Sunday Morning Coming Down

There’s something in a Sunday that makes a body feel alone.

I sat in my office the other day listening to Kris Kristofferson’s country standard. It wasn’t even a Sunday, as would presumably be the case. It was a Saturday, and I had to be there for an event that took up all of the good hours. But a touch of melancholy about the afternoon—pale, lazy, mute—gave me a hankering to hear him. His version of the song is the best, though his voice is not that of Johnny Cash or Willie Nelson.

Still, Kris penned it, and he lived it, and what he meant comes through strongest when he sings it. You know what he’s saying when he speaks of the day’s innocence—witnessing the pleasures of those who have a place—playing, worshipping, cooking, belonging to each other when all the while he stands outside their inside—indeed, stands perpetually outside any inside.

There’s nothing short of dyin’
Half as lonesome as the sound
On the sleepin’ city sidewalks
Sunday morning coming down

I’ve wondered why Sunday is like this for me. Despite its holiness, it can often—not always, but very, very often—bring me down. It seems Sunday carries its own penance; I yoke the Sabbath weight across the span of my shoulders in a way that I never do with other days. Moreover, harder than Sunday mornings can be Sundays at first dark, as night falls and day leaves, each tugging at the corners of the purple sky—a time as sigh-ridden as any counted by a clock.

When I was a child, it could have been because the weekend of play had ended and the weekdays of school were to begin that Sunday made me blue. But it seems too easy to say that the same reason—rest and joy on the wane, labor and endeavor on the wax—is why a grown man, one who actually enjoys the work he does, should feel this way.

Maybe for those with a wandering soul, who’ve lived in too many places for their own good, Sunday is the day in which a lack of permanence can sting the sharpest. One of the most poignant parts to the song is the acknowledgement that it was not always thus. The sights and sounds and smells of the day are remembrances, as the line goes, of “something lost somehow somewhere along the way.”

In the song, he can’t even name it, that “something”—nor say how or where it was lost; but the meaning is clear: that in the long years of travel, whatever it was he possessed had somehow fallen away—the gloves and scarves of a lifetime that slip from a body and are missed only afterwards, and not so much in a manner that allows them to be remembered by name, but more by a feeling that their absence makes known—the cold hands and frozen face, the nakedness that once was covered.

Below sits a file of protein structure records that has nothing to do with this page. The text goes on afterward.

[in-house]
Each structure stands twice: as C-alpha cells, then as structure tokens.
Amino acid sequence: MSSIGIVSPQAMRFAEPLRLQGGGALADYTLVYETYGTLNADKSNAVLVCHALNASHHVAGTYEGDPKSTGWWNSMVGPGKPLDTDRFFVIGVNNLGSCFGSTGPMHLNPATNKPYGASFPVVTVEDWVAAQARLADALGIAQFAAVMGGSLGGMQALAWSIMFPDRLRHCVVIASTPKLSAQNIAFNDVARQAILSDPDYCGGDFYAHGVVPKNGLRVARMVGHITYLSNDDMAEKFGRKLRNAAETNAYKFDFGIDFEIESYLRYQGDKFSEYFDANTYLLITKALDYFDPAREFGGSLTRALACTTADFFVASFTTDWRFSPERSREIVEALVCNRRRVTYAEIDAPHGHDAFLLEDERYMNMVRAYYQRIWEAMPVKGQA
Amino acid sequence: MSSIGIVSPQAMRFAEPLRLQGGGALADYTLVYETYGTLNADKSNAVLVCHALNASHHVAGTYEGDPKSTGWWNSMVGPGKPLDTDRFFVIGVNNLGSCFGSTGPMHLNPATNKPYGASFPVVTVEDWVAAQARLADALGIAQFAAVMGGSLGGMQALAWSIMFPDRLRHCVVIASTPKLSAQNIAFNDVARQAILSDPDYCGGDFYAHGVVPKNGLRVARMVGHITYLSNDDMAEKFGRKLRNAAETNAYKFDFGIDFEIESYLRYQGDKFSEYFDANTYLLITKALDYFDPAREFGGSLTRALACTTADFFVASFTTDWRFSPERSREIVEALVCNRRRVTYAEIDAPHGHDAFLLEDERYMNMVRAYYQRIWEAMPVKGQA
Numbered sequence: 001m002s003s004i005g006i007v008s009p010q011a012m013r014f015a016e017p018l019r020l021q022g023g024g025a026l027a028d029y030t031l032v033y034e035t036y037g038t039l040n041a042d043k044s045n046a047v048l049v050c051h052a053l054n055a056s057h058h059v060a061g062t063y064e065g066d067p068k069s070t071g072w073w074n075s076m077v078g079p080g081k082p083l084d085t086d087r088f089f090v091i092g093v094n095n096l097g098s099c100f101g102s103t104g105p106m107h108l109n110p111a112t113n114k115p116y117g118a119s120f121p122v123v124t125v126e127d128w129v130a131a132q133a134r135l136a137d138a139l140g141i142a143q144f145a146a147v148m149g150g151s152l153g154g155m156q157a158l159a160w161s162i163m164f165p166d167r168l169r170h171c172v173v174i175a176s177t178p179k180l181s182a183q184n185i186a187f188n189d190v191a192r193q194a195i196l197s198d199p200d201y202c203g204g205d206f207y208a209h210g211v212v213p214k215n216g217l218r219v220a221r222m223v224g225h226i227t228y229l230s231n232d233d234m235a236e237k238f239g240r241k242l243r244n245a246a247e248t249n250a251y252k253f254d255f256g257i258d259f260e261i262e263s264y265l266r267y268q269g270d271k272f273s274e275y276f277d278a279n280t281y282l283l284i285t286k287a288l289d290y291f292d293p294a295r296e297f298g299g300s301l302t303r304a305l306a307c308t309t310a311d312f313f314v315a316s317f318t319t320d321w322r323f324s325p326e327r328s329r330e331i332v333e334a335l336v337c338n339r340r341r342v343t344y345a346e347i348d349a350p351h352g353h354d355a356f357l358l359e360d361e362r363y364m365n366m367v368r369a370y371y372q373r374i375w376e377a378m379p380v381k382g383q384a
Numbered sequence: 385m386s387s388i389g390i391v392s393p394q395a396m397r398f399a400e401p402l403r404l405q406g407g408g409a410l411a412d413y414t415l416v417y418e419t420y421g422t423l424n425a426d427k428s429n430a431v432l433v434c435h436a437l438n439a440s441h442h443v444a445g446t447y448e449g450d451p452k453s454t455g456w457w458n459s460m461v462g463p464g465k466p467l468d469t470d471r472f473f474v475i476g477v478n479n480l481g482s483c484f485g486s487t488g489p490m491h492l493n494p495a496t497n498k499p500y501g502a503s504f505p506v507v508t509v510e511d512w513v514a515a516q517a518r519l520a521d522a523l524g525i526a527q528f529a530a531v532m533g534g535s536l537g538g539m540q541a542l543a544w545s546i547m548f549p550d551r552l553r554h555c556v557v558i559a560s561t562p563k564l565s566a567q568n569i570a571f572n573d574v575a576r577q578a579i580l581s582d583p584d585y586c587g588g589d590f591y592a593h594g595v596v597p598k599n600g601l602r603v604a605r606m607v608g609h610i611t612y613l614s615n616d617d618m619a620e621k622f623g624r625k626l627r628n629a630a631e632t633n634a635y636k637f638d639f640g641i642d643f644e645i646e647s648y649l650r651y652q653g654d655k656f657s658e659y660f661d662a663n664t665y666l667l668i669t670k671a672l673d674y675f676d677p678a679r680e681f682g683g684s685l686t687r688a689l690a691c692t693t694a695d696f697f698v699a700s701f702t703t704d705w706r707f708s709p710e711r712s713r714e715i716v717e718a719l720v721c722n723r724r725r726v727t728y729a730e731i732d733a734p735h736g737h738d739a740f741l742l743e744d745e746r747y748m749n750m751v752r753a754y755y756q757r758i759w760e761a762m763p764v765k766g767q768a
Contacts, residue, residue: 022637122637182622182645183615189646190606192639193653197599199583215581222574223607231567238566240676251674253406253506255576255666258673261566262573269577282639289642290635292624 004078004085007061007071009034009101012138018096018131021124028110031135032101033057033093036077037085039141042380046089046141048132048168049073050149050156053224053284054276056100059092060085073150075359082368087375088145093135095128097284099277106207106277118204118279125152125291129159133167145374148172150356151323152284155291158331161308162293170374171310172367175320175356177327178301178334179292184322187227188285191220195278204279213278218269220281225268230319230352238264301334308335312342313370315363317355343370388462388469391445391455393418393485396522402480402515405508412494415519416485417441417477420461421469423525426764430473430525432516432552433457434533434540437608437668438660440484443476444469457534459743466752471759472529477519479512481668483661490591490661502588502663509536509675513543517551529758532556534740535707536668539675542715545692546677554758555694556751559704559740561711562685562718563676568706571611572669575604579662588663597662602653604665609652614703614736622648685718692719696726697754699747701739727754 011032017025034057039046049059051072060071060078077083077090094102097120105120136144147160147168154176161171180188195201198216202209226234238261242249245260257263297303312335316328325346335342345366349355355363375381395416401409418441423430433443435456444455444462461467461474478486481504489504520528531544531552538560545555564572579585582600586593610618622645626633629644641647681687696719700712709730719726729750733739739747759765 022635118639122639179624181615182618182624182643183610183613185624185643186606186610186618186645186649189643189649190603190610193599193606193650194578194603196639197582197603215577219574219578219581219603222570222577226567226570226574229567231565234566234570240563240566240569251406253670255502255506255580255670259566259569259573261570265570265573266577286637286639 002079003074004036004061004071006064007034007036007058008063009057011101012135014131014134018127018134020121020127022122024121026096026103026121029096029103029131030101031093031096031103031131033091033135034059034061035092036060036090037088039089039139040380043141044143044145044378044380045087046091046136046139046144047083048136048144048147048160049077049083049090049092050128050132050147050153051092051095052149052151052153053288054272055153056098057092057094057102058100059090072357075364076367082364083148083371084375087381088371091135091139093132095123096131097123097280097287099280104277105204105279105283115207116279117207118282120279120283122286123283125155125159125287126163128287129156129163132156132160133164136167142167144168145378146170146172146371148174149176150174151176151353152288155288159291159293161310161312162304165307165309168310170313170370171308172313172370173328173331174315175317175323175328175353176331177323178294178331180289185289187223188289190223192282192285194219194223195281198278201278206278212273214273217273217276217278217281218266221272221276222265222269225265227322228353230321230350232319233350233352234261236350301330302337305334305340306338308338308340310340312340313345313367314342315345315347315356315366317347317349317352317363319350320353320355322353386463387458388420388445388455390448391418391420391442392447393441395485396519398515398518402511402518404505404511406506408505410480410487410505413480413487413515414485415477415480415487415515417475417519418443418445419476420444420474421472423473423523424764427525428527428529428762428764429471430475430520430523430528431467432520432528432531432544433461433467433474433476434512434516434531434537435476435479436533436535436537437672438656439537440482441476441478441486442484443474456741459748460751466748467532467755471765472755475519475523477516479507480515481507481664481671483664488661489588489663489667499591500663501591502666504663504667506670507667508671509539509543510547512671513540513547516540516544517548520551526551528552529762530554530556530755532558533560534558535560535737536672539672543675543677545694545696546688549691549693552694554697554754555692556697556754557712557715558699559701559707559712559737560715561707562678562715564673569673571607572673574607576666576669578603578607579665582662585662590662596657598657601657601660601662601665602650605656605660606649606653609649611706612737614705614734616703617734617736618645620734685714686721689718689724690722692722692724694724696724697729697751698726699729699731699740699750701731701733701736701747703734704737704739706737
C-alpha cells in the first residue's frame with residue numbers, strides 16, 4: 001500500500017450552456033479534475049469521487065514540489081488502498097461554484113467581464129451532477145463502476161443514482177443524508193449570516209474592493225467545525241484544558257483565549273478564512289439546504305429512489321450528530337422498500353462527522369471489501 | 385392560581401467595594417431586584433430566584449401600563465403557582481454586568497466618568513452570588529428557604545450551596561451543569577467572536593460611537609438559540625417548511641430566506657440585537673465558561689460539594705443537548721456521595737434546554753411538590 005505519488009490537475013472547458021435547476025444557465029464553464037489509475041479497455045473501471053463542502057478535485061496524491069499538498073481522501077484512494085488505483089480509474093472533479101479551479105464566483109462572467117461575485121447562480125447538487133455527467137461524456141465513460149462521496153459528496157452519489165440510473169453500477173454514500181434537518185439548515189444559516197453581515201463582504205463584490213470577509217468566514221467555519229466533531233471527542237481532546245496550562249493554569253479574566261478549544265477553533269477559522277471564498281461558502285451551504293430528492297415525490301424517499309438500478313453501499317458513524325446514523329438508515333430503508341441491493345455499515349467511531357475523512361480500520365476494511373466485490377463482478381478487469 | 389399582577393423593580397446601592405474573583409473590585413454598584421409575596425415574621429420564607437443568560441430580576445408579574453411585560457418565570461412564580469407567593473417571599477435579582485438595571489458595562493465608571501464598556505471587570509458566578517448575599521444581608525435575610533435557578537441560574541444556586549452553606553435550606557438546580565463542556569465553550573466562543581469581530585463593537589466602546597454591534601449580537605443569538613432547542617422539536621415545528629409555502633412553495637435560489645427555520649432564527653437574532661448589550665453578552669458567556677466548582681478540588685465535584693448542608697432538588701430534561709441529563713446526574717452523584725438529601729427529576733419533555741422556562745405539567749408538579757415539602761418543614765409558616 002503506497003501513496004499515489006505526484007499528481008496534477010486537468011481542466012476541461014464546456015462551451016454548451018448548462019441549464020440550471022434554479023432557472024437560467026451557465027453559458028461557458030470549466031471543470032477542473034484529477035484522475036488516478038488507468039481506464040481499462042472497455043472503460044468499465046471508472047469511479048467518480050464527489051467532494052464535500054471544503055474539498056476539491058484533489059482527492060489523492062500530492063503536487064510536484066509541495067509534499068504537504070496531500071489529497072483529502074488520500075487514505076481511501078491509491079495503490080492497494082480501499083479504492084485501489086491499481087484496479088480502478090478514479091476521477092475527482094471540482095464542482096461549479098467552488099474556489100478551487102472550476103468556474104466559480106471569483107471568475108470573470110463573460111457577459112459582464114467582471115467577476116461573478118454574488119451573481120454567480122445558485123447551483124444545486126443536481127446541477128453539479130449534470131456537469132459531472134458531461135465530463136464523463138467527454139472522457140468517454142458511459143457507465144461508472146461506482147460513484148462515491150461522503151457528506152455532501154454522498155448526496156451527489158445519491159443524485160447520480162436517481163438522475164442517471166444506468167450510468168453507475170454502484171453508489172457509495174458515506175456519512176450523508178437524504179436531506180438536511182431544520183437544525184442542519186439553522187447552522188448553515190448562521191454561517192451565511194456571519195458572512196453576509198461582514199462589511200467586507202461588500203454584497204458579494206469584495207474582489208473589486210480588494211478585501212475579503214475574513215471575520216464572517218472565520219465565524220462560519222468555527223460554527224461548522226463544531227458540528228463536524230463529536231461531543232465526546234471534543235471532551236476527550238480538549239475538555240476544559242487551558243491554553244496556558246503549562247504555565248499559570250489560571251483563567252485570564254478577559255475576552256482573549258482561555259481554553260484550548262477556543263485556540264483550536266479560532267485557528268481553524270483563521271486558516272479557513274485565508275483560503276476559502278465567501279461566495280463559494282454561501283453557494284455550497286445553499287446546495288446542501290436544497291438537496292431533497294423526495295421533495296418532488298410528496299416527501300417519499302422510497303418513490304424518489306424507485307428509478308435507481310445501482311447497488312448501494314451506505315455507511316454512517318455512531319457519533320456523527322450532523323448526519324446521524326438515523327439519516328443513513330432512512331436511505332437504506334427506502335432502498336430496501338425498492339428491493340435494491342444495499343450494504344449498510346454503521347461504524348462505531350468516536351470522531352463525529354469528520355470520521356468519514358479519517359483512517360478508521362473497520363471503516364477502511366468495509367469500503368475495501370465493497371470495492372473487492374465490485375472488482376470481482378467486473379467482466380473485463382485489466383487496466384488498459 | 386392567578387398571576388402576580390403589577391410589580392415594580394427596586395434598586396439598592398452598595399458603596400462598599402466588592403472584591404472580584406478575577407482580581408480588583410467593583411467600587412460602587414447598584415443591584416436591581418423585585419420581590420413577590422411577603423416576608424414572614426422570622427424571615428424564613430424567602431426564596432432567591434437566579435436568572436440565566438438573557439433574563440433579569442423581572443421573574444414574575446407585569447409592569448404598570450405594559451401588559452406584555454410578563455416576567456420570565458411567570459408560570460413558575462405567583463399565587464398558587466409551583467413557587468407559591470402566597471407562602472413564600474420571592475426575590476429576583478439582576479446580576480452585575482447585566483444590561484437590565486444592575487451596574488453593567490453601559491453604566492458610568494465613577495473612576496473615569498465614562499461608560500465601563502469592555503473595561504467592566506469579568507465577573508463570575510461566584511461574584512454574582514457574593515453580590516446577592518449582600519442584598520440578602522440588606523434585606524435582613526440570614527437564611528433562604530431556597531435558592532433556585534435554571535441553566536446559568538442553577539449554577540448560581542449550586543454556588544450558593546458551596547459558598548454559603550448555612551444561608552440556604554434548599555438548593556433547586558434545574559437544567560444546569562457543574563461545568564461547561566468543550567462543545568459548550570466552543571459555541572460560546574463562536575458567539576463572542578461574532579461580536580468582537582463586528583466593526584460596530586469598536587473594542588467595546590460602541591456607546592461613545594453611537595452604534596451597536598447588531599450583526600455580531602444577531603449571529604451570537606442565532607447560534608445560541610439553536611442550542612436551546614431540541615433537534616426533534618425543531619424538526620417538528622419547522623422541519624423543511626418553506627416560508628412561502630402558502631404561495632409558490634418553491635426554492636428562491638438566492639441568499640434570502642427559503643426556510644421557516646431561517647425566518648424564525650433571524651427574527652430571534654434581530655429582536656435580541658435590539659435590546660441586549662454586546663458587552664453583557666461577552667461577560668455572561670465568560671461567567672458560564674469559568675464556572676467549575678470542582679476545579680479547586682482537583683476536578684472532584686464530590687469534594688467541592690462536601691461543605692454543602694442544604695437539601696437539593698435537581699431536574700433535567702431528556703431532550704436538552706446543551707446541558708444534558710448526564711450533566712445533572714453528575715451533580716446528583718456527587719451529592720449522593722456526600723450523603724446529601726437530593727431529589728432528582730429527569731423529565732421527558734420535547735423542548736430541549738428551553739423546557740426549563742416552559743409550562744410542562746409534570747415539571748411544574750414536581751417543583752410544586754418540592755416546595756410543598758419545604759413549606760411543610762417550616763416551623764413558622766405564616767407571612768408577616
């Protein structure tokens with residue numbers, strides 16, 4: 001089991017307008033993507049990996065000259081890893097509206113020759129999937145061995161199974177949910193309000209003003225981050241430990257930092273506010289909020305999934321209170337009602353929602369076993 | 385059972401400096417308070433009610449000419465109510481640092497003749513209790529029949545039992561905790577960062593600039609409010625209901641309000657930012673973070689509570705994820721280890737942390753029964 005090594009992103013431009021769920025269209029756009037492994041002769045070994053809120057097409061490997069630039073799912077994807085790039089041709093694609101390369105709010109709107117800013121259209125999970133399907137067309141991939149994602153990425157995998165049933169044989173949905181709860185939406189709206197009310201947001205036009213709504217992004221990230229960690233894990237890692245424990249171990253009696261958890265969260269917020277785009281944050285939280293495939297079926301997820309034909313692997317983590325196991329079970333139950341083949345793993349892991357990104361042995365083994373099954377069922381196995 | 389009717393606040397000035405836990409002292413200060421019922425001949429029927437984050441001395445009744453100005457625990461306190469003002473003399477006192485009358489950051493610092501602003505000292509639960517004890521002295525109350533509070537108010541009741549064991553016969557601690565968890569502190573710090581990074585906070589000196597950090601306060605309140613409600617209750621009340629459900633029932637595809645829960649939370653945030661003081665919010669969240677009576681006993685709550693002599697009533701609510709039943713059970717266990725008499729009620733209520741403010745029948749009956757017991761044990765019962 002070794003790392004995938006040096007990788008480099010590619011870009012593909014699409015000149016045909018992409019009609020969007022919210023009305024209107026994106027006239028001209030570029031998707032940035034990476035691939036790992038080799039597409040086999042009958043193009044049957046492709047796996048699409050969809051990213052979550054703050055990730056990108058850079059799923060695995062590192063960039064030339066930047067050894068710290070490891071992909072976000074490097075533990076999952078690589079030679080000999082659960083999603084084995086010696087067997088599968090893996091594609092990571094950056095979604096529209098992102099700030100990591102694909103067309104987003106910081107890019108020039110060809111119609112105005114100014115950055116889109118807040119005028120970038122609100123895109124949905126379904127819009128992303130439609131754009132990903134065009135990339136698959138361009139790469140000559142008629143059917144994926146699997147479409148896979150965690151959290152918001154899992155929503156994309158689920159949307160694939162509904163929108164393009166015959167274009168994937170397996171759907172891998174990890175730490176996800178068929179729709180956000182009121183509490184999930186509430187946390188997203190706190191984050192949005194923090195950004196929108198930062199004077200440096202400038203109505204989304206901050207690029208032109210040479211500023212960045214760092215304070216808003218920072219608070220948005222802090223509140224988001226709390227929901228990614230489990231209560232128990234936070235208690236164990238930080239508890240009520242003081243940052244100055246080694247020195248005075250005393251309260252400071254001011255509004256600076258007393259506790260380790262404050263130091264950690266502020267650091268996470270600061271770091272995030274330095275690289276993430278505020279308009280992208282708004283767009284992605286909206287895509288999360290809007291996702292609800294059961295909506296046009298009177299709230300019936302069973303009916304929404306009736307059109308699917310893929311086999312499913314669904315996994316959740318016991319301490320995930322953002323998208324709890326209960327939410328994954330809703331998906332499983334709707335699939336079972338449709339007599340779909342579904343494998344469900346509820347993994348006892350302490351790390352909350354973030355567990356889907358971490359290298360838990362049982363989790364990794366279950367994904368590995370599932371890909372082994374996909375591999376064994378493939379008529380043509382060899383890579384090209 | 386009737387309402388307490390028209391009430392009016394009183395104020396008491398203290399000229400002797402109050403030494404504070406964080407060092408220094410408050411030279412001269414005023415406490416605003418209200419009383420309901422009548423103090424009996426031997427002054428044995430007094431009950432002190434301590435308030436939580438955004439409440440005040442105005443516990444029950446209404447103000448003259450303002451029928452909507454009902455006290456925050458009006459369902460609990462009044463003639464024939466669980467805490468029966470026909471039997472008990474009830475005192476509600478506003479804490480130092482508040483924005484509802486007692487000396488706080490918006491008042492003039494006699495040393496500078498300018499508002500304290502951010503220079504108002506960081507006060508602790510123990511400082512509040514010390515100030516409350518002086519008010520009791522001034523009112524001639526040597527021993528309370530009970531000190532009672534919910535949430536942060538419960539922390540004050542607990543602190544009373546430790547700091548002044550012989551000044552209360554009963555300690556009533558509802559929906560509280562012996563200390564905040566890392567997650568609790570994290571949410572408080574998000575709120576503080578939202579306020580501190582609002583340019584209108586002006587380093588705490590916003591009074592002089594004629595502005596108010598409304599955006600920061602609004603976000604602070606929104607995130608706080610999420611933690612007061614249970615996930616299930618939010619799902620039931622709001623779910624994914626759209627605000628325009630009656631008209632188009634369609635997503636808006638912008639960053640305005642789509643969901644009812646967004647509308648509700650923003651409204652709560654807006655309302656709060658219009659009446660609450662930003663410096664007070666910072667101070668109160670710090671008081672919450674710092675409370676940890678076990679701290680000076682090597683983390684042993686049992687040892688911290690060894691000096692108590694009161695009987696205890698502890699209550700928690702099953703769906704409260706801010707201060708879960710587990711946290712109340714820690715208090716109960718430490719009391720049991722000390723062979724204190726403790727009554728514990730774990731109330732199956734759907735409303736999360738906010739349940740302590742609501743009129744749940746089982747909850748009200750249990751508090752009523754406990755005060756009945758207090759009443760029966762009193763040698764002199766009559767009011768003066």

The power of the line is that of nostalgia, its sweet painfulness—something I frenetically resist at every turn, fleeing with gas pedal to the floor and rearview mirror ripped from the windshield. I flee it due to the very fact of its potency, bringing as it does an irresolvable ache to any life lived long enough to lose things.

I think it can probably kill you, nostalgia, though concede that it’s something impossible not to indulge to some extent. But waltzing with it is like straying too high into the clouds, too deep within the waters. Something changes in the blood when we dabble long in the realm of past spirits, beautiful sirens though they are.

Too, it seems that Sunday, for all its feast-day nature, not only has an incriminating quality to it—despite the Mass? because of the Mass?—but also one of frank stock-taking.

The prosaic lies and quotidian farces that get us through the week are powerless against faults that present themselves, bold and stark, in all their Sunday worst. Avoiding them in the usual way feels tiresome, like an hours-long board game a child comes to find joyless and taxing, its artifice all at once too transparent for further play.

Inadequacies become clear, particularly on Sunday morning; failures rise up and flesh out; you know you’re not the man you meant to be—worse, the man you meant to be is not even the man you should have wanted to be. It’s the time when the strongest of aspirations can seem cheap, tawdry, dishonorable. Maybe this is all the same thing—the penance and the scrutiny. Maybe because the day demands candor, it feels like sufferance.

All I know is that Sunday morning reminds me of exile, or that I am in exile.

It comes down hard and fogs my peace. It says my comforts are made of paper and that my plans are shaped in mazes. It says there’s a lack that I have neither the mind nor the memory to name, but that is yet both balm and pillow for my discontent. It says that I’m a sidewalking stranger, in a city shut with sleep, looking for a way back.

And on the seventh day, this man became restless—not to leave, not to move, but to return.

  • TLM7

    This is gorgeous. Such a perfect description of a specific feeling, and it’s about music, at its heart, which I think is one of the only things that can abate this feeling.
    “I think it can probably kill you, nostalgia” Yes.

    • agh

      Thank you. A tribute to a great song and songwriter.

  • Brad Winters

    Part of the trap in the proverbial “Sunday blues” is their sheer resistance to understanding whence such blues. You’ve done an excellent job of probing that question. Thanks, A.G.

    • agh

      Cheers. Oddly for me, Sunday can be bluer than Monday. And whyfor that, I dunno.

  • kathleen duey

    Beautifully said. Thank you.

  • KLH

    This lovely article prompted me to not only ruminate on my own
    life-long aversion to Sundays, but also compelled me to slow down and take a
    listen to some of my favorite Kristofferson songs. What a pleasant read.


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